Hatsu Day 1: The Joy of Six


As Bruce announced earlier in the evening on Twitter, the opening day torikumi for the 2019 Hatsu basho has been posted!

Because I’ve just landed in Tokyo, am rocketing towards the heart of the city on the Narita Express, and JR East provides free WiFi, I’ve got a few moments to share with you the six matches I’m most looking forward to on the opening day. All of these have the potential to set up further key storylines throughout the basho:

Yago vs. Meisei

Yago has made a steady progression towards the top division in his ten basho since debuting as makushita tsukedashi, while Meisei has been Mr. Tenacious – after a first basho setback, he has settled into makuuchi nicely and deployed a nice mix of skill and heart on the dohyo. Eyes are going to be on the much hyped Yago to see what kind of debut performance he can put on versus a higher level of opposition this basho, and this is as good of a test as he could hope to expect in the lower reaches of the division. Meisei leads the lifetime series 2-0.

Kaisei vs. Asanoyama

The recent NHK Grand Sumo Review of 2018 was notable because it featured the NHK pundits bemoaning the current state of up-and-comers being predominantly oshi-zumo wrestlers. The notable exception to this was Asanoyama, notable for his emergence in the top division as a primarily yotsu-zumo rikishi. Here, he faces off against another fan of mawashi work in Kaisei, who’s had a pretty decent past 12 months, all things considered. The enormous Kaisei can be a force to be reckoned with when he’s in good health, so this matchup of strengths will prove an interesting opening bout test for both rikishi. Kaisei leads this rivalry 3-1.

Chiyotairyu vs. Onosho

The NHK review also highlighted the work that Onosho has put in to vary his techniques at the tachiai in order to better defuse his opposition. Here, he comes up against a rikishi who – it’s perhaps uncharitable, but nevertheless not totally untrue – to say is almost 100% tachiai. We’re looking for Onosho to return to mix it with the big boys and matches like this against Kokonoe-beya’s current star man should prove to be good challenges. They’ve split the victories evenly in their six contests to date.

Shohozan vs. Tamawashi

No analysis needed here: if everyone’s genki then this has all the hallmarks of a classic street fight. It could get tasty. Shohozan has a dominant 13-3 advantage in their lifetime series.

Takayasu vs. Ichinojo

There is some question over the health of Takayasu as he attempts again to shed his “bridesmaid” tag in search of an inaugural yusho, and there are always questions as to the genki level of Ichinojo. This is a tricky opening match to navigate for both rikishi: Takayasu will be desperate to open with a win and lay to rest the agonising manner of his Day 15 defeat in Kyushu, but here he features against an object who will doubtlessly be unmoved by his signature shoulder blast. Takayasu leads this rivalry 6-4.

Kisenosato vs. Mitakeumi

This is my unquestionable match of the day. Mitakeumi will have been knocked back by the manner of his make-koshi in Fukuoka, but his dismantling of Takayasu on the final day showed he didn’t magically lose his skill. He’ll be gunning to restart his ozeki run and is going to be licking his lips at a potential Yokozuna scalp to open what could be a pivotal basho for the Dewanoumi man. Kisenosato’s trials and tribulations were excellently covered in great detail by Herouth earlier in the week – be sure to check out her piece if you haven’t – and a day 1 loss would be ominous. Despite what the banzuke and history says (Kisenosato has won 6 of 7 from King Tadpole, and amazingly, 2 of 3 since his career-altering chest injury), Mitakeumi should be the favorite here and it’s the Mountain that will have to move him if it is to have any chance of staving off the inevitable retirement calls early in the basho.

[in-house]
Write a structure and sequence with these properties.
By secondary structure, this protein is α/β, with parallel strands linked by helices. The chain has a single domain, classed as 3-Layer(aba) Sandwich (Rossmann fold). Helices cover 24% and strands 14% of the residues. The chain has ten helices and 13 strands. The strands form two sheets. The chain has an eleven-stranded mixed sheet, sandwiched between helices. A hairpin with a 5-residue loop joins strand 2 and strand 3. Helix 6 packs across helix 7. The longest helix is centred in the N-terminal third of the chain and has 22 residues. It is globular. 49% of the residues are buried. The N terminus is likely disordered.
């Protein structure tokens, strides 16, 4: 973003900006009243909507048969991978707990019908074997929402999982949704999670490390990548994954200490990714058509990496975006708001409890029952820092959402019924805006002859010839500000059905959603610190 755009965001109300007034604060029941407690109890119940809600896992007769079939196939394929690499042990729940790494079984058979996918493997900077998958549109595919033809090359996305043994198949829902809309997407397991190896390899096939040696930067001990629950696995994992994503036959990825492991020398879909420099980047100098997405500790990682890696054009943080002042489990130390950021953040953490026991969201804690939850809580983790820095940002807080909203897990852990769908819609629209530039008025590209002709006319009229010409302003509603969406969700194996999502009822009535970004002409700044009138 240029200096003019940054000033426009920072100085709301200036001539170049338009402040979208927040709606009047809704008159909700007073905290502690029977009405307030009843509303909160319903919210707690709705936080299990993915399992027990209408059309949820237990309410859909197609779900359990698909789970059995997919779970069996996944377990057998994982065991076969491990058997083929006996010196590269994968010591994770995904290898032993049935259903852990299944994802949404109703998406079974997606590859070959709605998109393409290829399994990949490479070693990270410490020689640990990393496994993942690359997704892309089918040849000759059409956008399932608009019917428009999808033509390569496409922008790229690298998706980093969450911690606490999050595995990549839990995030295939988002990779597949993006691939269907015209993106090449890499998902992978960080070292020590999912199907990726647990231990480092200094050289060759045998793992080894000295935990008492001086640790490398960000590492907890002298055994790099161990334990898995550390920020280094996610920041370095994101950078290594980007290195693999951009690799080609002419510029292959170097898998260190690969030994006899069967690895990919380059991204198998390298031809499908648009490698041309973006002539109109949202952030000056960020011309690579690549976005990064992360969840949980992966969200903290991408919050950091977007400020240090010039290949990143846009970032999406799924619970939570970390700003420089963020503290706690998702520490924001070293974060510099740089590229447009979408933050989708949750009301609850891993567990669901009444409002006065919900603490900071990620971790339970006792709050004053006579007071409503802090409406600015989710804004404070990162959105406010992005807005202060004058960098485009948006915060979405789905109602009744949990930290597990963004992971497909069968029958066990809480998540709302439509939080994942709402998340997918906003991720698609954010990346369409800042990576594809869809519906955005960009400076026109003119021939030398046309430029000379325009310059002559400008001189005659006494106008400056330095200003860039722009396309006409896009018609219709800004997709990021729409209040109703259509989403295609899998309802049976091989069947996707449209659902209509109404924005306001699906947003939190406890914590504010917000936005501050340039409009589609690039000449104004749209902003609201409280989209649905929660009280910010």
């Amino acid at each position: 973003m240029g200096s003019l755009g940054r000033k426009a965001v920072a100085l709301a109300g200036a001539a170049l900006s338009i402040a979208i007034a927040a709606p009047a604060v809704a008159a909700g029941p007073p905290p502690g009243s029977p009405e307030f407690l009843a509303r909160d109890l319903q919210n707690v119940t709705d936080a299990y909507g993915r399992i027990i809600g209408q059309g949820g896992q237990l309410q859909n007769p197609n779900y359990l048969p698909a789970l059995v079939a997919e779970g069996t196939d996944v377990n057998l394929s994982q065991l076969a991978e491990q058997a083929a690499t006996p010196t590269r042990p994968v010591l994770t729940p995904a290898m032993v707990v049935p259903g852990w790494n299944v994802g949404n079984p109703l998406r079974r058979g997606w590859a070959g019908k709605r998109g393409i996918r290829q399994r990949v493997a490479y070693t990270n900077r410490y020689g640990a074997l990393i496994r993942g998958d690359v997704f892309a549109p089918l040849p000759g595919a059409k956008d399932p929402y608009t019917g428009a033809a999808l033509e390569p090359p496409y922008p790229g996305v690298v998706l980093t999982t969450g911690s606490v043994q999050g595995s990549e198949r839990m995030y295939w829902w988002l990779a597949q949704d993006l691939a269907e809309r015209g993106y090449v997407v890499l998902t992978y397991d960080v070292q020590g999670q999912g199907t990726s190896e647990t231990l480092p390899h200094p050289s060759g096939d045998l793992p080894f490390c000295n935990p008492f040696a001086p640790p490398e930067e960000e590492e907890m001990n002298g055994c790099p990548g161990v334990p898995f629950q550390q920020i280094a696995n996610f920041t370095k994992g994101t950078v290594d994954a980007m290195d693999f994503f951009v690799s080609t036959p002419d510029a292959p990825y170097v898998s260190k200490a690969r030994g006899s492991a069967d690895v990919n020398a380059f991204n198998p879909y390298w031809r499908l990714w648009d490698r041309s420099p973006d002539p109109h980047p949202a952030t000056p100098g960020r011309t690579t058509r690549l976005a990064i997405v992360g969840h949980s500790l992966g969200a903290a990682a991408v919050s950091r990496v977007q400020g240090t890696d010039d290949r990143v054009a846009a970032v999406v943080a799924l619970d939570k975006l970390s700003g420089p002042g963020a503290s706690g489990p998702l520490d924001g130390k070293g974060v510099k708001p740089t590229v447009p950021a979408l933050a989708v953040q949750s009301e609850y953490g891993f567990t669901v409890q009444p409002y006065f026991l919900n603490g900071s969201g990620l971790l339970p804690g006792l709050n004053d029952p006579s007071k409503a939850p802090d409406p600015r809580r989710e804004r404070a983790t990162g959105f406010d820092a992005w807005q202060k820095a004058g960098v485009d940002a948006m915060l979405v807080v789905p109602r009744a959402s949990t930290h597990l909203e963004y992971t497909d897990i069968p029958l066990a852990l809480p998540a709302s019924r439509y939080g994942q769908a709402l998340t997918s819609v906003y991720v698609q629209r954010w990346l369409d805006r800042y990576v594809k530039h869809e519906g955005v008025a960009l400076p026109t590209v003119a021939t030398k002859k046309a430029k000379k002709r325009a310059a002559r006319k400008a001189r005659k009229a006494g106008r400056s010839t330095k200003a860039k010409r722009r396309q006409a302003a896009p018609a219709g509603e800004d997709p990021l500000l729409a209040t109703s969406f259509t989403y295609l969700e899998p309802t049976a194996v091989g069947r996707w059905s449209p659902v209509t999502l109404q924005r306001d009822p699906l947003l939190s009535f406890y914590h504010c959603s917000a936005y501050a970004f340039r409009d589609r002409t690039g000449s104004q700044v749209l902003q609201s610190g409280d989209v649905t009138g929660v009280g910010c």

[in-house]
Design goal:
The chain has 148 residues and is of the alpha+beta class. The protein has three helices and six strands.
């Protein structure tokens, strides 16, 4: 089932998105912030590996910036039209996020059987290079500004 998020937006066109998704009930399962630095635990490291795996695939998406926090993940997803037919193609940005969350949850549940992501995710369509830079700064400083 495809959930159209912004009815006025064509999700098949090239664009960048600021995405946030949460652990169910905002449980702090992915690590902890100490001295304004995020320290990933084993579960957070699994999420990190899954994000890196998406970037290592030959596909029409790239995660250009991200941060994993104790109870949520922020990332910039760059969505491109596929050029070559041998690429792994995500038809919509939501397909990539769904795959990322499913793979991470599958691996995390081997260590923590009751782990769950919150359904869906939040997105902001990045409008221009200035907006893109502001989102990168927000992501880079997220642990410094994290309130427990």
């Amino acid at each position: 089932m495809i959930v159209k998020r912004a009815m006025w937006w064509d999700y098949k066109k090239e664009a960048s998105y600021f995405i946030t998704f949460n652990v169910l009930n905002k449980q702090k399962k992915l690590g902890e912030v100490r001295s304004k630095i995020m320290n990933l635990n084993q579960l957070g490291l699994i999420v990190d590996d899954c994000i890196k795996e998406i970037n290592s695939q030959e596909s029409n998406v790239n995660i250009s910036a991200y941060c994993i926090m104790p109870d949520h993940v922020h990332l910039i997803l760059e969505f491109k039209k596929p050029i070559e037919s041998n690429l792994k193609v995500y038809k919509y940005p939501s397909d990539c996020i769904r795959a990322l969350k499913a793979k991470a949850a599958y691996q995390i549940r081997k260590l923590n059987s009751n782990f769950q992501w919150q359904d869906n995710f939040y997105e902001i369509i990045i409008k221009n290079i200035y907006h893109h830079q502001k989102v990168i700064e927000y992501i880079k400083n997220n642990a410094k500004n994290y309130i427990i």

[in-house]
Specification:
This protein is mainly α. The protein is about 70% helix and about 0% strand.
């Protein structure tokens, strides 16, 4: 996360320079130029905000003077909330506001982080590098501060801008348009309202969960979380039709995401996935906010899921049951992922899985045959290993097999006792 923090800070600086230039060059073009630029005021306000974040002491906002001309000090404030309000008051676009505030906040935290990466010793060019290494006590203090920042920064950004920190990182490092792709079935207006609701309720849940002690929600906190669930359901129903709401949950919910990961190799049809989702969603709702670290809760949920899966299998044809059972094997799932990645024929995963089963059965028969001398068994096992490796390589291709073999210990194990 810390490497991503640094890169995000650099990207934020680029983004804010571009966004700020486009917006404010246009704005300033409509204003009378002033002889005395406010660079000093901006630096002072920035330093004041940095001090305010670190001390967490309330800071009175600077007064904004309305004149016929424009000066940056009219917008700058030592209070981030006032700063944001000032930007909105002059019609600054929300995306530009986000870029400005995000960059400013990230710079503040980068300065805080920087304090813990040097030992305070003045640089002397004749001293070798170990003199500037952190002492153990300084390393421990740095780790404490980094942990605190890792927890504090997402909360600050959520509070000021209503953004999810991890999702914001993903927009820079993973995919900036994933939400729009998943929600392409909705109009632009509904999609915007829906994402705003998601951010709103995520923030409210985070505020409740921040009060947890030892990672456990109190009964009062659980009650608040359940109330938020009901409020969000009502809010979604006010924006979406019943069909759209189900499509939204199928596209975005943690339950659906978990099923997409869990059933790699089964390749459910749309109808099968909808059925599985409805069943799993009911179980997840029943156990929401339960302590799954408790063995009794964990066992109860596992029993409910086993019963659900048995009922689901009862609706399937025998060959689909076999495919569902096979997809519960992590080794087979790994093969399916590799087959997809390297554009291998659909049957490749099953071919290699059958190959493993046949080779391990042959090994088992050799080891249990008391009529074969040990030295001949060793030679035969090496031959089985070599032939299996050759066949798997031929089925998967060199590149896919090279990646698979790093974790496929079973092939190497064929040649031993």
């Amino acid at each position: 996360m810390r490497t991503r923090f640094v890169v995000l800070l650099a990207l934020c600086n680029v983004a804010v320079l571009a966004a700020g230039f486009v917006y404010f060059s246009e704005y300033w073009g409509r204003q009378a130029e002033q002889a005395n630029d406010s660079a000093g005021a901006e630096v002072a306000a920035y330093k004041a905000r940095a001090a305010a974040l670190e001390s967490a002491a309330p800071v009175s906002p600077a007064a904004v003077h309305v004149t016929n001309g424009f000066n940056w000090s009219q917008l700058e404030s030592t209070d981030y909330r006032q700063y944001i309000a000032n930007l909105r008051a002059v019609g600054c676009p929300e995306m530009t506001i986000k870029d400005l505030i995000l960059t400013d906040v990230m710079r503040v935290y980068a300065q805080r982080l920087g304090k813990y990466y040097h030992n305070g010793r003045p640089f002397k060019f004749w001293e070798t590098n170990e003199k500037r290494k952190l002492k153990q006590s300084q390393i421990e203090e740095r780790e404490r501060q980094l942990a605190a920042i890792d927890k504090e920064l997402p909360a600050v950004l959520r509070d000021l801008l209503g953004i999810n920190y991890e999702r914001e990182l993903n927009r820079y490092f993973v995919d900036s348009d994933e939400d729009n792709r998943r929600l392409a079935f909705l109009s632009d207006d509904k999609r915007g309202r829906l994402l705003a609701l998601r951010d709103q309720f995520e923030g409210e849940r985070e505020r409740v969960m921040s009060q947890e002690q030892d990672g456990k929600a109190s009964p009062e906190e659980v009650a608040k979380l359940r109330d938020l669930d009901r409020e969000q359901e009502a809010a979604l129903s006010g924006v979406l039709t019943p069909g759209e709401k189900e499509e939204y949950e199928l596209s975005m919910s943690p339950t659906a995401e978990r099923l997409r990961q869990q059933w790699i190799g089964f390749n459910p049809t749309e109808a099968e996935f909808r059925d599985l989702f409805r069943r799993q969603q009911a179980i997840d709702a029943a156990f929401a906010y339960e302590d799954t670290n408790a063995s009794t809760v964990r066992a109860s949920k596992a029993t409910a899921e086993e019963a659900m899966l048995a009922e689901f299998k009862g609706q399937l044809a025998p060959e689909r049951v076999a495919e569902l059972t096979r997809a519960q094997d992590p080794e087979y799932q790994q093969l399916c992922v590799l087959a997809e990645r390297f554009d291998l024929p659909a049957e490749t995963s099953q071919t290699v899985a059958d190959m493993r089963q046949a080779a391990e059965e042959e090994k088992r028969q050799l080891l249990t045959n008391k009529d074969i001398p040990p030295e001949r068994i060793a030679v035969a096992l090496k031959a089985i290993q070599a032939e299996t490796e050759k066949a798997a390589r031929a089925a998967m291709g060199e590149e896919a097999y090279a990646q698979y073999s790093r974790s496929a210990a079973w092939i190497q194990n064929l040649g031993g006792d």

11 thoughts on “Hatsu Day 1: The Joy of Six

  1. I really like Meisei and he will go far, plenty great match ups but all I can say is Yago! Mae! Mae! Mae! And Tomokaze for second Juryo Yusho with Kyokutaisei a close second 😉

  2. Looking forward to seeing how Yago does, I have enjoyed watching his progression. Also interested in seeing what sort of health the sanyaku rikishi are in. Enjoy attending the basho Josh!

  3. My first thought for “the joy of six” was the fact that all 6 yokozeki were on the torikumi. Really love seeing that.

  4. At least they do not seem to be going easy on Kise. I would bet that if he loses on day one, retirement is near.

    • Kise has been given a “put up or shut up” start: Mita followed by Ichinojo and no time to ease himself into the basho. We should know which way the wind is blowing by close of play on Monday.

      • For sure – it’s one of those situations where the banzuke just kind of works out to draw up a good storyline somewhat fortuitously. The fun reality is that a lot of these fixtures will have been set in motion on Day 14 and 15 of the previous basho, 7 weeks ago – which is not something we’re usually thinking about around senshuraku! – but now it’s written in stone and here we are. Exciting stuff.

  5. Kakuryu vs. Tochiozan is another good one. I was surprised how often they’ve faced each other, and how even the record is: 22-21 in favor of the Yokozuna. We’ll find out if Kakuryu is genki early.


This site uses Akismet to reduce spam. Learn how your comment data is processed.